May 2005
Volume 46, Issue 13
ARVO Annual Meeting Abstract  |   May 2005
Expression of Moesin–GFP Fusion Proteins in Transgenic X. laevis Photoreceptors
Author Affiliations & Notes
  • D.W. Anderson
    Neuroscience, UConn Health Center, Farmington, CT
  • D.S. Papermaster
    Neuroscience, UConn Health Center, Farmington, CT
  • Footnotes
    Commercial Relationships  D.W. Anderson, None; D.S. Papermaster, None.
  • Footnotes
    Support  NIH Grant EY6891
Investigative Ophthalmology & Visual Science May 2005, Vol.46, 1709. doi:
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      D.W. Anderson, D.S. Papermaster; Expression of Moesin–GFP Fusion Proteins in Transgenic X. laevis Photoreceptors . Invest. Ophthalmol. Vis. Sci. 2005;46(13):1709.

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      © ARVO (1962-2015); The Authors (2016-present)

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Abstract: : Purpose:Moesin possesses an N–terminal FERM domain that binds membranes and a C–terminal actin–binding domain. When it is activated, the protein can anchor vesicles to the cytoskeleton and may play a key role in the transport and fusion of rhodopsin transport carriers (RTCs) to the base of the connecting cilium. Previously the dominant negative rab8T22N mutant was shown to interfere with docking of RTCs to the outer segment (Moritz et al. MBC 12:2341,'01; Anderson et al. ARVO '04). Deretic et al. (MBC 15:359, '04) showed that moesin colocalizes with rab8 on RTCs and that propranalol abolishes this association resulting in the accumulation of undocked vesicles beneath the connecting cilium similar to the effect of rab8 T22N. We are investigating the impact of expression of GFP–tagged full–length moesin and its fragments upon vesicle trafficking in transgenic X. laevis. Methods:An X. laevis moesin clone (xMsn) was obtained by RT–PCR from retinal mRNA. A cDNA clone encoding the FERM domain of xMsn was created by PCR. The Xenopus opsin promotor drove expression of xMsn–GFP fusion proteins in transgenic X. laevis as described by Moritz et al.( IOVS 40:3276, '99). Tadpole eyes were frozen sectioned and visualized by confocal microscopy after counterstaining the glycoproteins with Texas–red conjugated to wheat germ agglutinin. Results:Full–length moesin–GFP fusion protein (xMsn 580–GFP) has a cytoplasmic distribution with an extension into the connecting cilium but is undetected in calycal processes. It is also present in the synapse. A construct with amino acids 1–320 fused to GFP (xMsn 320–GFP) is a moesin fragment with a FERM domain, but no actin binding domain. This protein prominently decorates calycal processes and inner segment plasma membrane. It is mostly above the nucleus with a faint signal at the synapse. High expression of the transgene appears to be associated with a loss of central rods as demonstrated by larger distances and more prevalent cones between rods when compared to control retinas. Apoptosis assays are underway to ascertain if the central rods are dying. EM studies are underway to determine if there is a block in vesicle docking. Conclusions:The loss of rods from the xMsn 320–GFP retinas is not as dramatic as that seen with rab8T22N indicating that photoreceptors may be partially able to compensate for the interference caused by xMsn 320–GFP but can not tolerate the effects of rab8T22N.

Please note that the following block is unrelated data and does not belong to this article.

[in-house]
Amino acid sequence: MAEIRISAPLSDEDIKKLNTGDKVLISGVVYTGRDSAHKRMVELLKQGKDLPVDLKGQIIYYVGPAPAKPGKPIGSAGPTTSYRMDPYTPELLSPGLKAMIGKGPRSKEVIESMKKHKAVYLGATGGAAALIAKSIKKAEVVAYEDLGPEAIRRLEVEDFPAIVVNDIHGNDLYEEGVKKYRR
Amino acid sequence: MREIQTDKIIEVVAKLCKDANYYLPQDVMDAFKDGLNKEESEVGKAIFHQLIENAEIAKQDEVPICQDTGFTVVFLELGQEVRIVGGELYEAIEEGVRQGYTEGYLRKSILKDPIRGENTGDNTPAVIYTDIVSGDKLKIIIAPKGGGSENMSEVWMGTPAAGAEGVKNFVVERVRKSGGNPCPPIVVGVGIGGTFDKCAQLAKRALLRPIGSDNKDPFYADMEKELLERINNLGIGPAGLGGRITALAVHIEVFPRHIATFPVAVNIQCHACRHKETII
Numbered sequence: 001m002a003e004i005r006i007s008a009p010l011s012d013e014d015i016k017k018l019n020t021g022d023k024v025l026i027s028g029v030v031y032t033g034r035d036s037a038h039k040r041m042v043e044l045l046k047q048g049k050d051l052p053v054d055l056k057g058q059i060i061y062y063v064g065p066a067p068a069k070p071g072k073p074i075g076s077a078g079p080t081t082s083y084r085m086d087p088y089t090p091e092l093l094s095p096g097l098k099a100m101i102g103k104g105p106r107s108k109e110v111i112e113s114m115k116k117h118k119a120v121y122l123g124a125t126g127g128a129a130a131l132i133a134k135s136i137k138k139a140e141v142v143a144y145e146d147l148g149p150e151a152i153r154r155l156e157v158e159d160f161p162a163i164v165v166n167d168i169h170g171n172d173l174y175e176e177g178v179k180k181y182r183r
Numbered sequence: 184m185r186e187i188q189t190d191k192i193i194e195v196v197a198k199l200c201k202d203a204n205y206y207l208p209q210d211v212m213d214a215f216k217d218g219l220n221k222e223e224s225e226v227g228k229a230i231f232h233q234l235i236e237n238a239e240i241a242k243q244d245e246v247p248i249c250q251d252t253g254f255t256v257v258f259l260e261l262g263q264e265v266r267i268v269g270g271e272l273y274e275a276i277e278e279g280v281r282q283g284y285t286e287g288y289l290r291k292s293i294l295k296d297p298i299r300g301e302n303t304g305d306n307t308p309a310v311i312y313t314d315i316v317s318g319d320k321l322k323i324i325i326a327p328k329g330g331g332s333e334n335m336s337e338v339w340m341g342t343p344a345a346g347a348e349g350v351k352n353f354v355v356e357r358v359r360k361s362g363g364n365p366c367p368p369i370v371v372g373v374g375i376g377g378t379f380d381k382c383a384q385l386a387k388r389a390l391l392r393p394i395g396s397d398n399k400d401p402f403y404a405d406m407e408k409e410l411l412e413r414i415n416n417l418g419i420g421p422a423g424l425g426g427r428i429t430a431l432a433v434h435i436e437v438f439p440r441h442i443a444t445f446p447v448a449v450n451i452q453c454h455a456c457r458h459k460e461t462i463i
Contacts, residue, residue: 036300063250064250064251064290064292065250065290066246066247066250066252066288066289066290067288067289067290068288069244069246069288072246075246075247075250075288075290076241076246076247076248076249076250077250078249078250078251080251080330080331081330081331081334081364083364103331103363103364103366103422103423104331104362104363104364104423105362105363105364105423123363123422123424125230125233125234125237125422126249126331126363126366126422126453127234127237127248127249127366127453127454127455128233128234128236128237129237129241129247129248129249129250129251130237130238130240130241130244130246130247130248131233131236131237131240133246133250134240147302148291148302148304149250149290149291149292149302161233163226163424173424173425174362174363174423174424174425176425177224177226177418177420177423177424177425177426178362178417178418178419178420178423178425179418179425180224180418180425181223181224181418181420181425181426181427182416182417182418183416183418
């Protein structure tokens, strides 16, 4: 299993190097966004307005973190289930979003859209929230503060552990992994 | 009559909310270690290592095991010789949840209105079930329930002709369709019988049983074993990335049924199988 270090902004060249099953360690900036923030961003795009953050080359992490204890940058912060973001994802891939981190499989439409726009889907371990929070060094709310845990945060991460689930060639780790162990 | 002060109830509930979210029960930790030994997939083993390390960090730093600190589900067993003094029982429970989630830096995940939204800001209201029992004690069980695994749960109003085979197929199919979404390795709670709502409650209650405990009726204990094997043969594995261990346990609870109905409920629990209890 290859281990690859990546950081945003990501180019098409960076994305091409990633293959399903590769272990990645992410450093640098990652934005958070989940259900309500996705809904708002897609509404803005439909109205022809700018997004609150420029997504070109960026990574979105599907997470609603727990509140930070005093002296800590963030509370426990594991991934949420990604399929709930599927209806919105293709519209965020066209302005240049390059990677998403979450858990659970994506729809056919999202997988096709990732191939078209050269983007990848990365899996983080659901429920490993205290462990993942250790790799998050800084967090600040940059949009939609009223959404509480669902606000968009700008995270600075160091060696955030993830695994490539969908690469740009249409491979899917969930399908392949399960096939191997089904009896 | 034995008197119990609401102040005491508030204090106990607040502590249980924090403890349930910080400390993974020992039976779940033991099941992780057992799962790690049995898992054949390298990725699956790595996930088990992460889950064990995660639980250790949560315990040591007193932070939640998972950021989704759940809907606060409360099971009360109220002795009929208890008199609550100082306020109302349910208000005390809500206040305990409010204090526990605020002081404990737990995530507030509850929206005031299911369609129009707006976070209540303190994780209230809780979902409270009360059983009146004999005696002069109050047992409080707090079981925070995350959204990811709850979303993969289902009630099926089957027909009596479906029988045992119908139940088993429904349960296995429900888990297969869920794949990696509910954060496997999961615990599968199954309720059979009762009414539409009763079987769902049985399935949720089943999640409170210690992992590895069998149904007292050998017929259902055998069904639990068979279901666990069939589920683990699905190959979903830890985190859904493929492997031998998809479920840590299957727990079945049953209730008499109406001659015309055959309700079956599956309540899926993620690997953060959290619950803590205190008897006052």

Keywords: photoreceptors 

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